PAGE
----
Yee Hong is one of the largest not-for-profit senior care organizations in the country, delivering high-quality, culturally appropriate services to Chinese and other Asian seniors since 1994. Operating 805 long-term care home beds, a wide range of community support services, and a hospice residence, Yee Hong annually serves more than 15,000 individuals across the Greater Toronto Area. Yee Hong also builds seniors organization and system capacity through its advisory services, Private Personal Support Worker Career College, and research.
Seniors living their lives to the fullest, with independence, health and dignity.
Yee Hong offers a full continuum of culturally appropriate services and care for seniors living in any setting to optimize their physical, mental, social and spiritual well-being. We build organization and system capacity for high quality, inclusive, and integrated services and care.
WE CARE – By being compassionate and seeking to understand and support each other. By respecting diversity and being inclusive and equitable. By supporting people to be independent and make their own choices.
WE COLLABORATE – By working together to achieve our shared vision and goals. By leveraging our combined strengths to pursue opportunities and address challenges. By partnering to increase our positive impact on our clients, staff and the system.
WE COMMIT – To pursuing excellence through continuous learning, innovation and improvement. To empowering our people to be the best they can be within a progressive organizational culture and work environment. To having integrity and being accountable and to advocating for improved equity and social justice.
The Yee Hong Centre for Geriatric Care (formerly the Chinese Community Nursing Home for Greater Toronto), started from humble roots. Our founder Dr. Joseph Wong witnessed how Chinese seniors were experiencing language and cultural barriers in Toronto facilities, and was moved to take action. In 1987, he with a group of 30 Chinese Canadian friends began fundraising to build a nursing home to care for parents and grandparents.
From 1990, the Dragon Ball grew to its main fundraising event. This premier black-tie Chinese fundraiser attracts volunteers, donors, and politicians, including the Prime Minister of Canada.
The Yee Hong Centre was officially opened in October 1994. Yee Hong Centre Scarborough McNicoll K.C. Poon was expanded to 155 beds. Shortly thereafter, the Ministry of Health awarded a total of 715 beds, the largest such allocation to a non-profit organization in the history of Ontario. The Yee Hong Centre Capital Campaign raised funds to build centres in Markham Ho Lai Oi Wan (2002: 200 beds), Mississauga (2003: 200 beds), and Scarborough Finch To Heung Chan (2004; 250 beds).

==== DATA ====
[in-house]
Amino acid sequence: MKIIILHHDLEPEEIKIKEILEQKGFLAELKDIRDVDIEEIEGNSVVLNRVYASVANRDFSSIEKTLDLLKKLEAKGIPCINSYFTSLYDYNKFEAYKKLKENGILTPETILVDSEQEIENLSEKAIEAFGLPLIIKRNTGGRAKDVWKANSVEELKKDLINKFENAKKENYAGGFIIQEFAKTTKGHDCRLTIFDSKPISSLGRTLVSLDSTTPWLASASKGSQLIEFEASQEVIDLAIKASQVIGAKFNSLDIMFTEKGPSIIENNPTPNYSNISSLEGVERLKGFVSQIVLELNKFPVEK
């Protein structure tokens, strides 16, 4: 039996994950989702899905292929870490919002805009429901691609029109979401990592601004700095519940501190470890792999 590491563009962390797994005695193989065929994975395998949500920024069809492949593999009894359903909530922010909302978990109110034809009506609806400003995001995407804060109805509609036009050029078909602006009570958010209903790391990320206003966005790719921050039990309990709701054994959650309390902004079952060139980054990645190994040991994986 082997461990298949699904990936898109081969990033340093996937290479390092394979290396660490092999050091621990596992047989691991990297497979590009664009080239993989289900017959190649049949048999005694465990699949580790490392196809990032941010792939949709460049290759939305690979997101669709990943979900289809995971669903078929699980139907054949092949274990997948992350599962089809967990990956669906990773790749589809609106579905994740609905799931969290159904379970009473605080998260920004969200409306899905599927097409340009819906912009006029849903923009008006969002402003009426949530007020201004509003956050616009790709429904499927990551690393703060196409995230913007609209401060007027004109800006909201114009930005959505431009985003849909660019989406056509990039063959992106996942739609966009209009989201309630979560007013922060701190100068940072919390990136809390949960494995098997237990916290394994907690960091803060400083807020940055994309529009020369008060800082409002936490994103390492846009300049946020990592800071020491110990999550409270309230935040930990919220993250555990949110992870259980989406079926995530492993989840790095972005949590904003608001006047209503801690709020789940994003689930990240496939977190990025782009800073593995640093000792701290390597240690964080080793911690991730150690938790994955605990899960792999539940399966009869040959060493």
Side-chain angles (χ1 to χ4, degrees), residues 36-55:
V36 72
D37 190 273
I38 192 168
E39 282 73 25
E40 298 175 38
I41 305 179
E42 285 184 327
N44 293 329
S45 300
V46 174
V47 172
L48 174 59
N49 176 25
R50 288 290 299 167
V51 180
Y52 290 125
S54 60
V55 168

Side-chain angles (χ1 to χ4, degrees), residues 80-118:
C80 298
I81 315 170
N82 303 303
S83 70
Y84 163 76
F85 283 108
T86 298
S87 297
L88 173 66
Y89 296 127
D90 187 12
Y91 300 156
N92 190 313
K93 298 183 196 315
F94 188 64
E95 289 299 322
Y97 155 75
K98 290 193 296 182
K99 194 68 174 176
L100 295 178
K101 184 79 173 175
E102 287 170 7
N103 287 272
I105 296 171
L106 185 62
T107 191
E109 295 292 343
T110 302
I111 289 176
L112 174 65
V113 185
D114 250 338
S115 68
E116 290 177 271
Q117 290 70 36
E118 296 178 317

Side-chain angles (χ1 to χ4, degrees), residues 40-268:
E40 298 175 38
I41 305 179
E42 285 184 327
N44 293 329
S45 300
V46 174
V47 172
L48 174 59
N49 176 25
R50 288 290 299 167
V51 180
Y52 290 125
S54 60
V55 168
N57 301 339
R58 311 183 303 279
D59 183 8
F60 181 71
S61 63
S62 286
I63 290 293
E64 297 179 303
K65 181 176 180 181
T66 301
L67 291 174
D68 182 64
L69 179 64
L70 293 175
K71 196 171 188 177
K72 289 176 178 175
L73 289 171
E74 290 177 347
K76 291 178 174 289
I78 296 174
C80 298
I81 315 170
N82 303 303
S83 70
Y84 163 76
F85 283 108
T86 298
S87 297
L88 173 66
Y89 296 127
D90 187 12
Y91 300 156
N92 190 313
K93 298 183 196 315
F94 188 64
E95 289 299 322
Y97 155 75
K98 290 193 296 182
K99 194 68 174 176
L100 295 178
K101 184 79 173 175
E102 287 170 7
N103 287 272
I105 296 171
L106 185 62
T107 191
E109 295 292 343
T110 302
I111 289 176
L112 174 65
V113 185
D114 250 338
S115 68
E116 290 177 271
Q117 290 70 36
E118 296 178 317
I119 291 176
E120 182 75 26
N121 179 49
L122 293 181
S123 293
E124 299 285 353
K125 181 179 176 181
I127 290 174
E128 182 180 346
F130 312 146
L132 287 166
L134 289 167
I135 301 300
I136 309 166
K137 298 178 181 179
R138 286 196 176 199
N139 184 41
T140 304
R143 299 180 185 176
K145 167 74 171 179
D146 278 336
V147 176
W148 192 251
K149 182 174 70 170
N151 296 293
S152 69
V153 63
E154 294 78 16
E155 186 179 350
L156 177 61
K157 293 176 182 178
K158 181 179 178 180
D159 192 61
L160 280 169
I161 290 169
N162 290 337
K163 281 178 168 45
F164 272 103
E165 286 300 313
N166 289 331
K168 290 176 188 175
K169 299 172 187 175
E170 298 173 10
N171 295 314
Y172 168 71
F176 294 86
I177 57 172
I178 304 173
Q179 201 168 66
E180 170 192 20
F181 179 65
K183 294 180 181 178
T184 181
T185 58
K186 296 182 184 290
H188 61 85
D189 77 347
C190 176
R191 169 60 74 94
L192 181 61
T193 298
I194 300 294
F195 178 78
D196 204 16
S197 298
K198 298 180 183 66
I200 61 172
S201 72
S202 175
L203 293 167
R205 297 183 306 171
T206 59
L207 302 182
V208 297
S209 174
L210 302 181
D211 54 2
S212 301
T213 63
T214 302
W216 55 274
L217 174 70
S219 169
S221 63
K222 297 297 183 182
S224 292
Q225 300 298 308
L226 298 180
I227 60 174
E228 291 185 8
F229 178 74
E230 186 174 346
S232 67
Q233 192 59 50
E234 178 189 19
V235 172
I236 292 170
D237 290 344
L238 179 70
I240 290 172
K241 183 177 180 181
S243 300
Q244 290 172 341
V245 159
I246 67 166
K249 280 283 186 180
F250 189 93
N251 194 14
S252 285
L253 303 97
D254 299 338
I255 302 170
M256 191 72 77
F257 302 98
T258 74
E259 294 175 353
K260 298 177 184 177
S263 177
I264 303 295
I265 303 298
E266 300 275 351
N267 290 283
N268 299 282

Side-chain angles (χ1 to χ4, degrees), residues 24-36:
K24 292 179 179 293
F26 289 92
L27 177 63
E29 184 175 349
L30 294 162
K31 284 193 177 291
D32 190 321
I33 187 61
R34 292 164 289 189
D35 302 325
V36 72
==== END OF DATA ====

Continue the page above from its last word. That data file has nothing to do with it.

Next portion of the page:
To date, Yee Hong Centre remains one of the largest not-for-profit nursing homes in the country and includes a full continuum of care community and supportive housing services including Aw Chan Kam Chee Evergreen Manor.
Yee Hong Is Speaking Up and Acting to End Racism
Acts of violence against our communities in the Toronto area and elsewhere are a painful reminder that systemic racism persists in Canada. Anti-Asian racism isn’t new; although Anti-Asian racism has been brought to the forefront during this pandemic, Asians have long experienced and witnessed stigma and discrimination even before Canada became a nation. Whether we were born in or immigrated to Canada from another country, Asians regularly face racism and oppression today.
Yee Hong and our allies are speaking out and taking action to end all forms of systemic oppression against individuals and communities regardless of our ethnicity, gender identity and socio-economic status. At Yee Hong we know that each of us has a role to play. We will educate ourselves to better understand the impact of systemic racism on Asians and other ethnic groups including but not limited to Indigenous, Black, and Islamic communities. We will explore the complex legacy of colonialism in our shared history and what it means for us today and generations to come.
It’s time for us to raise our voices and talk about what racism looks like, how it wounds us deeply, and how it weakens Canadian society. Moving forward requires constructive collective action that includes not only awareness and commitment but also specific policies and practices to prevent oppression in the first place.
Yee Hong was founded on anti-oppression values and principles. Thirty-four years later, Yee Hong continues its advocacy, system capacity-building and care delivery roles with our full continuum of culturally appropriate long-term services and care to empower seniors, caregivers and families to live their lives to the fullest. We invite every Canadian to join us on this ongoing journey.